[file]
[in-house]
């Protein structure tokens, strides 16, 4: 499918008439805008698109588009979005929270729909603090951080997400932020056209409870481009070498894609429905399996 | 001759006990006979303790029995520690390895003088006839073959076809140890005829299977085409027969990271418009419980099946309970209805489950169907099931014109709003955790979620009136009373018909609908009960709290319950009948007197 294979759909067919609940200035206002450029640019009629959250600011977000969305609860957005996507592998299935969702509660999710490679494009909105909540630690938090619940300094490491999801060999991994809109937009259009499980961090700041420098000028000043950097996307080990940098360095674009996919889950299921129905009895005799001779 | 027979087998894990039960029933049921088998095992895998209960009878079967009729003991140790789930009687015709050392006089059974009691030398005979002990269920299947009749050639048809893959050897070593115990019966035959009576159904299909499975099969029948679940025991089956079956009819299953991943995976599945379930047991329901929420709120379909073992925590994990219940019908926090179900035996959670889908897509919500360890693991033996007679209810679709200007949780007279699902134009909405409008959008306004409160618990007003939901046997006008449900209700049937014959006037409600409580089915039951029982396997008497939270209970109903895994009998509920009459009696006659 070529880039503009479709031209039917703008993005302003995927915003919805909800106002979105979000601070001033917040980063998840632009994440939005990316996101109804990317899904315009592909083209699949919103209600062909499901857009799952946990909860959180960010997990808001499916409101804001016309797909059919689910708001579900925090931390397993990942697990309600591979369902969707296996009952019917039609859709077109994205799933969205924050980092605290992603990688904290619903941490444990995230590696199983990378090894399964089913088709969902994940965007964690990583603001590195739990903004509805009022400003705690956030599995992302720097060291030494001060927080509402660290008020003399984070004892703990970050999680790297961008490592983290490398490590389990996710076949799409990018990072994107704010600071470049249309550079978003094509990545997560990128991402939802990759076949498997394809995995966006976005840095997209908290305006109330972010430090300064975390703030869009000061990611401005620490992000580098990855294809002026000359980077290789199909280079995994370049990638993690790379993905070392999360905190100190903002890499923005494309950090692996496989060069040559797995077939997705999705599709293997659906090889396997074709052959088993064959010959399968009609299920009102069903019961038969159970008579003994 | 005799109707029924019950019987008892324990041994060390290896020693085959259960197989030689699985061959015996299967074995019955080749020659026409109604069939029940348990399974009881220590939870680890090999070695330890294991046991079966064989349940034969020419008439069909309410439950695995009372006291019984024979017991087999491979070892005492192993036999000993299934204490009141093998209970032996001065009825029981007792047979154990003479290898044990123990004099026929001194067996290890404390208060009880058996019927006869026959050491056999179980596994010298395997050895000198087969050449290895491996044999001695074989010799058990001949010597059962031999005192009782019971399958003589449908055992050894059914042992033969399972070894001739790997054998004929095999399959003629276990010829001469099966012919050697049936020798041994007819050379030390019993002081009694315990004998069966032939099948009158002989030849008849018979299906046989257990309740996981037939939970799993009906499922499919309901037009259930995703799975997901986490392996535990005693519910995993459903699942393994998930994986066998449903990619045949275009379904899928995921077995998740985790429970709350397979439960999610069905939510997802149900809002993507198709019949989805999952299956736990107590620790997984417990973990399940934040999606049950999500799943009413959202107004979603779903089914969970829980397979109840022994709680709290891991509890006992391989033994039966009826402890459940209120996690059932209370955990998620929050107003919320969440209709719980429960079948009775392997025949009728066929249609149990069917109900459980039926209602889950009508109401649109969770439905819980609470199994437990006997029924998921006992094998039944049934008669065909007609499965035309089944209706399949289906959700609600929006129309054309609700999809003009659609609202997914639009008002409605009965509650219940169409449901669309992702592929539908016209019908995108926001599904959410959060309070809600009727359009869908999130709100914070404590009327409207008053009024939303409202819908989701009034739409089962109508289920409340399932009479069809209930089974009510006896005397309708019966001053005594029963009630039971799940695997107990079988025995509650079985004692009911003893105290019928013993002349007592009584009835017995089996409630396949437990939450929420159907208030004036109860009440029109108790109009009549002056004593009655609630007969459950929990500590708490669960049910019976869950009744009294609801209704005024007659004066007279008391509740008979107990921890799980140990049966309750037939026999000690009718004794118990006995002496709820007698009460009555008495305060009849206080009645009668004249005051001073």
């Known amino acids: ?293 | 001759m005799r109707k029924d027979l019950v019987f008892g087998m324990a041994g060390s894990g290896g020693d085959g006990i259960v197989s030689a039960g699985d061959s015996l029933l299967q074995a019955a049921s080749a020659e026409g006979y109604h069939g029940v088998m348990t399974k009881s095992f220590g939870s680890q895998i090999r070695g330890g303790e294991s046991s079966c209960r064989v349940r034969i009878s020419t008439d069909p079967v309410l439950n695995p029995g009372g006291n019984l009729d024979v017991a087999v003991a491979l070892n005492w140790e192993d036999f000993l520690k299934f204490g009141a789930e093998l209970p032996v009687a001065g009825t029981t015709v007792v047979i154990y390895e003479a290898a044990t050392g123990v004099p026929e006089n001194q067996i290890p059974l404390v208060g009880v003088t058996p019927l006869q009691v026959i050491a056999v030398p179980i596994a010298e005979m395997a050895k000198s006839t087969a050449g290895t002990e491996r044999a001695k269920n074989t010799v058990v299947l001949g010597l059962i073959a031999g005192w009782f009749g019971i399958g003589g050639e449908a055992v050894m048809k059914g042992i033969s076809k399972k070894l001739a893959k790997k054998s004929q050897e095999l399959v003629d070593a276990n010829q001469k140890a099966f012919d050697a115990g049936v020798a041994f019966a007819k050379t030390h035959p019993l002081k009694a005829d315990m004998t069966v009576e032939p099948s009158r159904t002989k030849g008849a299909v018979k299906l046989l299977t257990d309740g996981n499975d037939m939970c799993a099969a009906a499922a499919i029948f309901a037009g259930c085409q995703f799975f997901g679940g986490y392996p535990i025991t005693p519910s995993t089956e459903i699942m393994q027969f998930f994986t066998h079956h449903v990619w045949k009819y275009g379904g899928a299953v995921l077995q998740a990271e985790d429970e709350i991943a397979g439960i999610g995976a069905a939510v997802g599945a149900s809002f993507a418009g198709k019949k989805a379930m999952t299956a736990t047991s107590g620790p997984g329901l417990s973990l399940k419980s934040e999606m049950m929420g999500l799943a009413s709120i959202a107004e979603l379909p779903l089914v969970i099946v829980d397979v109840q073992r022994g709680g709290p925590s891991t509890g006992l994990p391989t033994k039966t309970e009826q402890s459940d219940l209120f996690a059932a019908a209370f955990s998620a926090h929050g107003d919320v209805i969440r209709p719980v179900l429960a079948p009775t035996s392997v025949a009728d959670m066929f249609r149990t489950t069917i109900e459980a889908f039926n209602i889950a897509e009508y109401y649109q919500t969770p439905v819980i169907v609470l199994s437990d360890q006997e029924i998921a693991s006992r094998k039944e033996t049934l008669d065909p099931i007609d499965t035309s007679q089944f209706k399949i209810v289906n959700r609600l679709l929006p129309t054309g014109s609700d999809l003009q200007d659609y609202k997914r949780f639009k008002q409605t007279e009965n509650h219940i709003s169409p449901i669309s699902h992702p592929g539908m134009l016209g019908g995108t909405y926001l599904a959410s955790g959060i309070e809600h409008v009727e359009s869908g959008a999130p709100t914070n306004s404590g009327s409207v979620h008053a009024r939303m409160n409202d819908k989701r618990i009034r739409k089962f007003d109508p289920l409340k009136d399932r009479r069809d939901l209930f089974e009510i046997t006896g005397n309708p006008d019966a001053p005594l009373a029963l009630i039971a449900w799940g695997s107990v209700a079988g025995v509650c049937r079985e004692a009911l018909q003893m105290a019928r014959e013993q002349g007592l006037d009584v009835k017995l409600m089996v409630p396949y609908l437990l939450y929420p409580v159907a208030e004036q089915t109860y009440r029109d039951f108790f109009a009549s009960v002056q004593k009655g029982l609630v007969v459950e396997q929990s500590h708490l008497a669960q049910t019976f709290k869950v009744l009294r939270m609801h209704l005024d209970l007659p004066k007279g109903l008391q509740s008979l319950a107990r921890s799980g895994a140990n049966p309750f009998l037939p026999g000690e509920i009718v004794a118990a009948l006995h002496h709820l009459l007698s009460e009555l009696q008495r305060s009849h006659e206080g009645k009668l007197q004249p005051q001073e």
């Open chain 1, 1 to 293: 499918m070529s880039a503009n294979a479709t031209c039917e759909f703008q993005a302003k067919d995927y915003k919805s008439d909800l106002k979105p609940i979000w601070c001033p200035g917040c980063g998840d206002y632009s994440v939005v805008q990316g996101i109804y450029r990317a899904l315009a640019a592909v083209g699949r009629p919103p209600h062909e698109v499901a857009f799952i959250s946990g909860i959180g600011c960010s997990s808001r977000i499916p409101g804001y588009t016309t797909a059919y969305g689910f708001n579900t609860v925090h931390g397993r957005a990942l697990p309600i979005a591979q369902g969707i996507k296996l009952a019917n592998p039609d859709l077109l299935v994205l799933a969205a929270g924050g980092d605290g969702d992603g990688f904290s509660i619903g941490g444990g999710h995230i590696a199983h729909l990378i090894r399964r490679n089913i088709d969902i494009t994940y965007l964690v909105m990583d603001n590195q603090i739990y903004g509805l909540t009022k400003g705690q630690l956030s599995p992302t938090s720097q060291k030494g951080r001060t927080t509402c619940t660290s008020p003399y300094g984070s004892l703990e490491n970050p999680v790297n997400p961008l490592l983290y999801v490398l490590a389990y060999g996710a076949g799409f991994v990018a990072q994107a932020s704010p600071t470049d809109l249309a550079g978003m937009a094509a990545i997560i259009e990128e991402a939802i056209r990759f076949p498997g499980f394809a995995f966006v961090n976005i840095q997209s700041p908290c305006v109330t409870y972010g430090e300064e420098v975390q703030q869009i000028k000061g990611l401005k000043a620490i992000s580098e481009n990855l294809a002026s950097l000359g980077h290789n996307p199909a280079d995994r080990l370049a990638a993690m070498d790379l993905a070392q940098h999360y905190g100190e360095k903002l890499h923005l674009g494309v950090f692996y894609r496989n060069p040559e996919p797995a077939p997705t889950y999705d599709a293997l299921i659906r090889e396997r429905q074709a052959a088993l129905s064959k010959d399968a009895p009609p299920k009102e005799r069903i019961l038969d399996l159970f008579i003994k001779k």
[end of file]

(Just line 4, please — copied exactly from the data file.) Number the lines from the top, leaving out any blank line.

């Open chain 1, 1 to 293: 499918m070529s880039a503009n294979a479709t031209c039917e759909f703008q993005a302003k067919d995927y915003k919805s008439d909800l106002k979105p609940i979000w601070c001033p200035g917040c980063g998840d206002y632009s994440v939005v805008q990316g996101i109804y450029r990317a899904l315009a640019a592909v083209g699949r009629p919103p209600h062909e698109v499901a857009f799952i959250s946990g909860i959180g600011c960010s997990s808001r977000i499916p409101g804001y588009t016309t797909a059919y969305g689910f708001n579900t609860v925090h931390g397993r957005a990942l697990p309600i979005a591979q369902g969707i996507k296996l009952a019917n592998p039609d859709l077109l299935v994205l799933a969205a929270g924050g980092d605290g969702d992603g990688f904290s509660i619903g941490g444990g999710h995230i590696a199983h729909l990378i090894r399964r490679n089913i088709d969902i494009t994940y965007l964690v909105m990583d603001n590195q603090i739990y903004g509805l909540t009022k400003g705690q630690l956030s599995p992302t938090s720097q060291k030494g951080r001060t927080t509402c619940t660290s008020p003399y300094g984070s004892l703990e490491n970050p999680v790297n997400p961008l490592l983290y999801v490398l490590a389990y060999g996710a076949g799409f991994v990018a990072q994107a932020s704010p600071t470049d809109l249309a550079g978003m937009a094509a990545i997560i259009e990128e991402a939802i056209r990759f076949p498997g499980f394809a995995f966006v961090n976005i840095q997209s700041p908290c305006v109330t409870y972010g430090e300064e420098v975390q703030q869009i000028k000061g990611l401005k000043a620490i992000s580098e481009n990855l294809a002026s950097l000359g980077h290789n996307p199909a280079d995994r080990l370049a990638a993690m070498d790379l993905a070392q940098h999360y905190g100190e360095k903002l890499h923005l674009g494309v950090f692996y894609r496989n060069p040559e996919p797995a077939p997705t889950y999705d599709a293997l299921i659906r090889e396997r429905q074709a052959a088993l129905s064959k010959d399968a009895p009609p299920k009102e005799r069903i019961l038969d399996l159970f008579i003994k001779k």